The mother of William H. Johnson was formerly Emily Hagerdon, a native of Wisconsin, whose father, Captain Hagerdon, brought the first schooner that ever came to California around Cape Horn. She was a cousin of Commodore Perry, noted naval Commander of the war of 1812.
William H. Johnson attended school in Placerville and later in San Jose to which he removed when he was twelve years of age. Shortly thereafter, while a mere boy, our late associate at the bar became a jockey and rode for "Lucky" Baldwin and others on the principal race tracks of this country as well as in Australia and the Hawaiian Islands.
Upon deciding to take up a more settled occupation, Mr. Johnson learned the barber's trade and as a young man operated a barber shop in San Jose for several years.
Mr. Johnson with the great natural ability inherited from his pioneer ancestors, was not contented with this station in life, however and so, bearing in mind his father's career, decided to become a lawyer. He studied law in his spare time while working at his trade and occupied his study at John Goss' Kent College of Law, which was also attended by many other able members of this bench and bar, and he attended his goal when on January 7th, 1897 he was admitted to practice by the Supreme Court of the State of California.
He practiced law for a short time with his former teacher, John Goss, and then for several years in the office of D.W. Herrington and Bert Harrington and thereafter opened his own office which he maintained until the time of his death. In 1932 he was associated in partnership with the late Charles F. Harding.
During the first decade of the century, Mr. Johnson was very active in the Democratic conventions of those days and during that period served a term as chairman of the Democratic Central Committee of Santa Clara County.
During the administration of Mayor Charles W. Davison, now one of the Judges of this Honorable Court, Mr. Johnson served as City Attorney of San Jose from 1910 to 1912, to which position he brought a thorough knowledge of street law, in which he was considered an authority. He filled this office with distinction.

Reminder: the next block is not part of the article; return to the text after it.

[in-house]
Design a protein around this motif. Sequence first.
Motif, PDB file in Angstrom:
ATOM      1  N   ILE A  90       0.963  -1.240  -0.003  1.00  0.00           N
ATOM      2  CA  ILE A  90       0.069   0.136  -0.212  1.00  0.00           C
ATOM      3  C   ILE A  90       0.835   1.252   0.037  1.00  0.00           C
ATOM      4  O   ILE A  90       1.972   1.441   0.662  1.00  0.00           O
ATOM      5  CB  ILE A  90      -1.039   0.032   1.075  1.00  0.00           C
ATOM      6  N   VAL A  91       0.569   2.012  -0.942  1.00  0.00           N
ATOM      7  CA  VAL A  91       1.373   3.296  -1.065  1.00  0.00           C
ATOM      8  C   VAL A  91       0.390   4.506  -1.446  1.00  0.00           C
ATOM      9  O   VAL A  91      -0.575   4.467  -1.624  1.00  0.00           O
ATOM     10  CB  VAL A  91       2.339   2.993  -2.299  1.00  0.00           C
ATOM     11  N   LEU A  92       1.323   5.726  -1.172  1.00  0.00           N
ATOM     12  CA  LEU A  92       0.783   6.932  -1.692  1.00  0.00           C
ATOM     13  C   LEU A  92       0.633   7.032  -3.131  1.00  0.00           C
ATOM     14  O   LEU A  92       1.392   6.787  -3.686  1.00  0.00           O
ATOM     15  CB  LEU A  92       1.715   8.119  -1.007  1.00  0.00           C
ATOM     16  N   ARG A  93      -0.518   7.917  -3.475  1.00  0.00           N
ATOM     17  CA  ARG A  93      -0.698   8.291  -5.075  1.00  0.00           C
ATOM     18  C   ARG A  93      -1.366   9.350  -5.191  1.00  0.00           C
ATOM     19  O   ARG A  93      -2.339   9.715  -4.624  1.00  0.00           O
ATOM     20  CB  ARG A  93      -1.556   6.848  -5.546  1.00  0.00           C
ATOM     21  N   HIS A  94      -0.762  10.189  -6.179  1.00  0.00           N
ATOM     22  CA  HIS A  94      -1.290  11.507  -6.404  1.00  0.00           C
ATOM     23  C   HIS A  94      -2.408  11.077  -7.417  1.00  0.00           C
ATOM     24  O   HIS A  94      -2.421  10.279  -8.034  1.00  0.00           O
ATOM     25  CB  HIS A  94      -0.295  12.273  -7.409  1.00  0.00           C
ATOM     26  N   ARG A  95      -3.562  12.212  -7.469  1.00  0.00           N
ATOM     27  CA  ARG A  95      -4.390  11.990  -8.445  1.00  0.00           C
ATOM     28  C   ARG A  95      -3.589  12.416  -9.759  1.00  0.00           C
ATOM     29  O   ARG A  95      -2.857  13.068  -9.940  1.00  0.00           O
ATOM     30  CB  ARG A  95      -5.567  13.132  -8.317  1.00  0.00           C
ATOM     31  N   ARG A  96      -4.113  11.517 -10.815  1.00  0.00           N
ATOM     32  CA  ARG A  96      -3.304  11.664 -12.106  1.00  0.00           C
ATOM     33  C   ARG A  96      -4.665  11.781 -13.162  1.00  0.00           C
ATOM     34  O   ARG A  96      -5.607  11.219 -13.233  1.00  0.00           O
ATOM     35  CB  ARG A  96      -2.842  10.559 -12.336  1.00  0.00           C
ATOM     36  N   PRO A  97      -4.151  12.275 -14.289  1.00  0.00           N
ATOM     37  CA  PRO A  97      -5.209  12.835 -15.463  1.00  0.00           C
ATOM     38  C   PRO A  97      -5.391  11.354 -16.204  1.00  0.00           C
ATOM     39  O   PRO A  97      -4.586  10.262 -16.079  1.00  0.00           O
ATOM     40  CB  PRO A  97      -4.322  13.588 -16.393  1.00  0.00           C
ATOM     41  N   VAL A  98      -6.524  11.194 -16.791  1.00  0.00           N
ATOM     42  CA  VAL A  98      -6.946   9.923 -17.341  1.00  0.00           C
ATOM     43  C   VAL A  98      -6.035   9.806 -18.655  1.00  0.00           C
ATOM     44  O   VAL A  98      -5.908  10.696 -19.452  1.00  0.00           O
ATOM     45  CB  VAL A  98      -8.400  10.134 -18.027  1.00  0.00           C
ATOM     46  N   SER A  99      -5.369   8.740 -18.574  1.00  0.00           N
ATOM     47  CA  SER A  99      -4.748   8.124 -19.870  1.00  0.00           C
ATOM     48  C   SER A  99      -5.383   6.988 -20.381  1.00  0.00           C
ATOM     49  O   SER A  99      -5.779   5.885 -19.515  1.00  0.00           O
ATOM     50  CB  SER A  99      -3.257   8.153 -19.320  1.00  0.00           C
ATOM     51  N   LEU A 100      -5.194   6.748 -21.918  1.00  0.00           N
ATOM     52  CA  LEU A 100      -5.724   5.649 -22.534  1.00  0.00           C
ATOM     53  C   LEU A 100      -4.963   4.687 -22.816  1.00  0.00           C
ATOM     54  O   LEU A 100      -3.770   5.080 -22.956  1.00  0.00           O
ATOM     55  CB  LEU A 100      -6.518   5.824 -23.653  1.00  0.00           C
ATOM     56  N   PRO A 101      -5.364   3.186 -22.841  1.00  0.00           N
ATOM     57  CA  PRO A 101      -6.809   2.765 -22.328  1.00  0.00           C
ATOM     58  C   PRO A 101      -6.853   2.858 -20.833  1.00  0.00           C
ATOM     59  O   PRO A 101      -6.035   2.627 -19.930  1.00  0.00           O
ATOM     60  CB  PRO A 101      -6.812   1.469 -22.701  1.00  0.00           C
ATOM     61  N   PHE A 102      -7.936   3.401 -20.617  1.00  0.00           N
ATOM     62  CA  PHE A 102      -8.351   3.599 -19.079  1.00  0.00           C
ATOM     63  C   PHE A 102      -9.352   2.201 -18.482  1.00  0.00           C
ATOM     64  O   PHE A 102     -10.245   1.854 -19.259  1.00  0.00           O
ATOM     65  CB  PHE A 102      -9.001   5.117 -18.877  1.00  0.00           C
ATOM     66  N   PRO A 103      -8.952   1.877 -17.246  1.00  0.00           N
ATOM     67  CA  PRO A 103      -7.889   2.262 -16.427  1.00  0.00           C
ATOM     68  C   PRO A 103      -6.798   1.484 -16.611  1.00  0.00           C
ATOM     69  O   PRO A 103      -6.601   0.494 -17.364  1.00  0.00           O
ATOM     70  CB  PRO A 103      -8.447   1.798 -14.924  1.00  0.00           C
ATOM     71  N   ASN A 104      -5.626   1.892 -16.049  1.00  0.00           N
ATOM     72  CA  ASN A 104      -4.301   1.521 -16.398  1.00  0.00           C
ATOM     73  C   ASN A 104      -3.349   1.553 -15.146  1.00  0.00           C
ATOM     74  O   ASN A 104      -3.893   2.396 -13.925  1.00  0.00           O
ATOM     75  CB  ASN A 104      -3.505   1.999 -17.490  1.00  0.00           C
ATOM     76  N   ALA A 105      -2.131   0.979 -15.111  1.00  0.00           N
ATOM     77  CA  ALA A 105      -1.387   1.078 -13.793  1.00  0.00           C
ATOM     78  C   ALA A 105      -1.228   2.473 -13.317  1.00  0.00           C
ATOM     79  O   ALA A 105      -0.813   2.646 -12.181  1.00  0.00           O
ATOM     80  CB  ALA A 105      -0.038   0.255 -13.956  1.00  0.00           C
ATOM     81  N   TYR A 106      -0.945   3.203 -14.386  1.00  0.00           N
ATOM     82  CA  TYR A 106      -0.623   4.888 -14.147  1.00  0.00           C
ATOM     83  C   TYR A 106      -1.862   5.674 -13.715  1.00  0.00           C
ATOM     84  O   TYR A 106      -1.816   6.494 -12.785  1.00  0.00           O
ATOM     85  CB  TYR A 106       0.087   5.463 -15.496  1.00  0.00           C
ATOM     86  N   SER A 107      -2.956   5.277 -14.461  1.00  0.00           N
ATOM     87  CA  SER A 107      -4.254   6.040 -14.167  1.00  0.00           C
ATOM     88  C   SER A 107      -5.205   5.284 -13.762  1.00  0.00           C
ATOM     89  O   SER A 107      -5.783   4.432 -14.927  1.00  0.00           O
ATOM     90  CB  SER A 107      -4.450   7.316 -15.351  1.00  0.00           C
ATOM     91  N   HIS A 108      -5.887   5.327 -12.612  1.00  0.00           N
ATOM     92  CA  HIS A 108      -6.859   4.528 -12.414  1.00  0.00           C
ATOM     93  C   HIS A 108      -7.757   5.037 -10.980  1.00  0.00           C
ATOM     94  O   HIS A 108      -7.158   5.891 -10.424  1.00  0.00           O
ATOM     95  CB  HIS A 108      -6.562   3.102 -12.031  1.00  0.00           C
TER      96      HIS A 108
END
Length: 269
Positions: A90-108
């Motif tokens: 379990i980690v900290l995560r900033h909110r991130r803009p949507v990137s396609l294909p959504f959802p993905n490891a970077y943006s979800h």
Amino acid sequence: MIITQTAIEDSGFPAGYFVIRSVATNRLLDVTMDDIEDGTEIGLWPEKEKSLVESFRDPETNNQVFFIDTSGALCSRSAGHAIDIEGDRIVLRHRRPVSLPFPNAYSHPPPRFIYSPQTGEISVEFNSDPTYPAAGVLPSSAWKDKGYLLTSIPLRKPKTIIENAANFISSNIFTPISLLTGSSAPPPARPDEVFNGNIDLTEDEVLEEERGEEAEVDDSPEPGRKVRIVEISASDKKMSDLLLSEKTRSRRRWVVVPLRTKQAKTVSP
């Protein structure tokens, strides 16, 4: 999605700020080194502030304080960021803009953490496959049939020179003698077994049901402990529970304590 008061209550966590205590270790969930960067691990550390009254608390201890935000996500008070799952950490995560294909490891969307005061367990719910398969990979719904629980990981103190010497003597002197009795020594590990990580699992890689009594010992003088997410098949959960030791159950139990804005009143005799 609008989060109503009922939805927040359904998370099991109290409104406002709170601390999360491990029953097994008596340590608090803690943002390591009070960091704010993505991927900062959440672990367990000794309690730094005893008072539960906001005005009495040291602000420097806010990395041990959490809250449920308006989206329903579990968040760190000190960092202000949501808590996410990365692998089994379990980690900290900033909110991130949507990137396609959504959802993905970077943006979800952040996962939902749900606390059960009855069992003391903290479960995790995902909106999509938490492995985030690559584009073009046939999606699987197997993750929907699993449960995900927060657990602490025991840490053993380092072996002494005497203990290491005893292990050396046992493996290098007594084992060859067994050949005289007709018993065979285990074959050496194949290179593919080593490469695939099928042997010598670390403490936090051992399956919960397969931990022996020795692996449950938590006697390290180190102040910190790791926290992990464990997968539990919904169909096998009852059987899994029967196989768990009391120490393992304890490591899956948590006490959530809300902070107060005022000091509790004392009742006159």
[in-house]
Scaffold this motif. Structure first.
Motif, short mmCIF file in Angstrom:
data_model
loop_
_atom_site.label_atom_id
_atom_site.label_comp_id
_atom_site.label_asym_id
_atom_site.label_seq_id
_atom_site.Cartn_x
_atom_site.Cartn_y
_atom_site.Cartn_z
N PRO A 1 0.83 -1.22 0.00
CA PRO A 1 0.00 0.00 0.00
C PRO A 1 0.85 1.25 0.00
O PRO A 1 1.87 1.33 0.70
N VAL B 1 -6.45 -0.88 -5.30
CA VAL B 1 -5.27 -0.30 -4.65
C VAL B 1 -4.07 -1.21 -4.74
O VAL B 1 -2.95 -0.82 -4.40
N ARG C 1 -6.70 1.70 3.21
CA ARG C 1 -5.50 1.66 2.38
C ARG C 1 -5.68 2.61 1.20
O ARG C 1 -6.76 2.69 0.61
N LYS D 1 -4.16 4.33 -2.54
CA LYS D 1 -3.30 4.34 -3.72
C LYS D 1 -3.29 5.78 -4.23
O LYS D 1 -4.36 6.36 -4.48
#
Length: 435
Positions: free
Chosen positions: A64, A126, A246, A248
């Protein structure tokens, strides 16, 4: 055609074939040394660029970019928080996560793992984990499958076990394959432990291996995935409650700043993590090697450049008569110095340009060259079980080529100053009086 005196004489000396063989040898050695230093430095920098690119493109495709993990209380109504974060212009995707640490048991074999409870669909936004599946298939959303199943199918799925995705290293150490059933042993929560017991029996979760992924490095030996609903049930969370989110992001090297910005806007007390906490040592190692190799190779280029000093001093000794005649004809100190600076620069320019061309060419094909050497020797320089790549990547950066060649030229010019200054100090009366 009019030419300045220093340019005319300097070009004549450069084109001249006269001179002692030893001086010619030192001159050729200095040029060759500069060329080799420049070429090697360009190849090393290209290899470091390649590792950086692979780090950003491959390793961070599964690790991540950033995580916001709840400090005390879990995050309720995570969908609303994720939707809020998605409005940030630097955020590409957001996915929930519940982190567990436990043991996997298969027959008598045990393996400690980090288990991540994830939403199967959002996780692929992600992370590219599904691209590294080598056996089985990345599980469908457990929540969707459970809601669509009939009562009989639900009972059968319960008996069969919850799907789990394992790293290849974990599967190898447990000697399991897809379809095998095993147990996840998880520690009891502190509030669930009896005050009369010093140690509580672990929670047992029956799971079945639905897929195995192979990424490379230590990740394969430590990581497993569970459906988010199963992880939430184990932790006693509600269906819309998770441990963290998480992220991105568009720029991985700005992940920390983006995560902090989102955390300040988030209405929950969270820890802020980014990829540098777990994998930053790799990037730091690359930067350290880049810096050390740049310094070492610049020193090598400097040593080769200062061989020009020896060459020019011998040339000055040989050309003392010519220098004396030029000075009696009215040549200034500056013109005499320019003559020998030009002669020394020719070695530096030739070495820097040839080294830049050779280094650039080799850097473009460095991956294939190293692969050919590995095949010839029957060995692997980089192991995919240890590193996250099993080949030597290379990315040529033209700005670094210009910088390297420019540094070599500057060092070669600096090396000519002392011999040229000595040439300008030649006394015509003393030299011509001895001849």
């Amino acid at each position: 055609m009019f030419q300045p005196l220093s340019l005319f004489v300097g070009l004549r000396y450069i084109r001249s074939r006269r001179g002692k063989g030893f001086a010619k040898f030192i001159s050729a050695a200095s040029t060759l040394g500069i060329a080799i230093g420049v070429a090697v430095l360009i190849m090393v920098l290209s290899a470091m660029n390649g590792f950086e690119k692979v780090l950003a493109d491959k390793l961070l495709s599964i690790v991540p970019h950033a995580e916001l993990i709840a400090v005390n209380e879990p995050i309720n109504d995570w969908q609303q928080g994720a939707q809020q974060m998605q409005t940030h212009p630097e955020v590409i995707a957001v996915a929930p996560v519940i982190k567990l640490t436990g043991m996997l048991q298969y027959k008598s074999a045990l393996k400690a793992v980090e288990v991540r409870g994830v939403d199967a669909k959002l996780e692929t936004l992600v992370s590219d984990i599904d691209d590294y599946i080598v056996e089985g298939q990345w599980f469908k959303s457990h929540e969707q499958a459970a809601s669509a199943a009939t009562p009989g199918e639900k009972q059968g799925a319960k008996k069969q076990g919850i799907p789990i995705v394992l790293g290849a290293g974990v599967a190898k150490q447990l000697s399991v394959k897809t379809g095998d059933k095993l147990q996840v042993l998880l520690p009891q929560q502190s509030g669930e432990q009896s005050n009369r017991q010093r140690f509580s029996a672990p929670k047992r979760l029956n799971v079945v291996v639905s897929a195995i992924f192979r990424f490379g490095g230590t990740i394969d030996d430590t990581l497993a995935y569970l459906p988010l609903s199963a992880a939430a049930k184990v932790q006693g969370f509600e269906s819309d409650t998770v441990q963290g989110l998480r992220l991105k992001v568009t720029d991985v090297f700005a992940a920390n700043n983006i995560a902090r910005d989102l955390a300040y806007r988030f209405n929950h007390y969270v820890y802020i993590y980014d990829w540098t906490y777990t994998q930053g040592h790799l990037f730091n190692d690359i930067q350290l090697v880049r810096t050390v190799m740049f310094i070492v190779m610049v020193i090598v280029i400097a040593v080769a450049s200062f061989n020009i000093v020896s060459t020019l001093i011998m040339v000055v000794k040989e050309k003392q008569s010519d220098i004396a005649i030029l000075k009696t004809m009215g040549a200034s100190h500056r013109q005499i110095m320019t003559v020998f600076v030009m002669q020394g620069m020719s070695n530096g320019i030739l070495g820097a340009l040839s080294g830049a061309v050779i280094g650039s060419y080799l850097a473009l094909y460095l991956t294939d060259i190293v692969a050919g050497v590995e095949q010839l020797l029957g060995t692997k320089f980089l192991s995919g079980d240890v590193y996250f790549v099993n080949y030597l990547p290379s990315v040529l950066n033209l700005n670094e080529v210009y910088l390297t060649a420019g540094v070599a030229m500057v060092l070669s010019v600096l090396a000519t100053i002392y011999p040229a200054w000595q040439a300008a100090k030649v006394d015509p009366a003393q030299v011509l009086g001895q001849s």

On July 12th, 1892, Mr. Johnson was married to Miss Belle M. Ziegler, daughter of a pioneer San Josean, who with their tow children, Albert Sidney Johnson and Mrs. Lilburn Fickes (Pearl A. Johnson), survive him.
Mr. Johnson was a lawyer of unusual ability. He never forgot the rules of the common law which he learned so well from his study of Blackstone and constantly applied them in his legal problems. He was possessed of keen analytical mind and a remarkably retentive memory. he could instantly recall the volume and page of the leading opinions of the Supreme and Appellate Courts. He was an efficient trial lawyer and was unusually successful in his appellate practice, a member of favorable appellate decisions won by him being considered landmarks of the law in this state. He was held in high esteem by the judiciary and his brethren at the bar.
Mr. Johnson, an adversary, was most courteous, yet he
never hesitated to stand for courage of his convictions, and his clients always found their confidence in him well placed.
In his death we have lost a good friend, and the community has lost a good citizen. We who knew him so well will ever cherish his memory. his family can never be compensated for the loss they have sustained, but he has left to his children the noblest of heritages, an honored name and an unblemished reputation.
Therefore this Committee respectfully submits the following resolution:
RESOLVED that this Court and the Santa Clara County Bar Associations sincerely deplore the loss of William Henry Johnson, the Court losing an honorable officer and the bar a beloved member.
BE IT FURTHER RESOLVED that this memorial be spread upon the minutes of the Court, and that a copy be transmitted by the Clerk of this Court to the bereaved family of the decedent.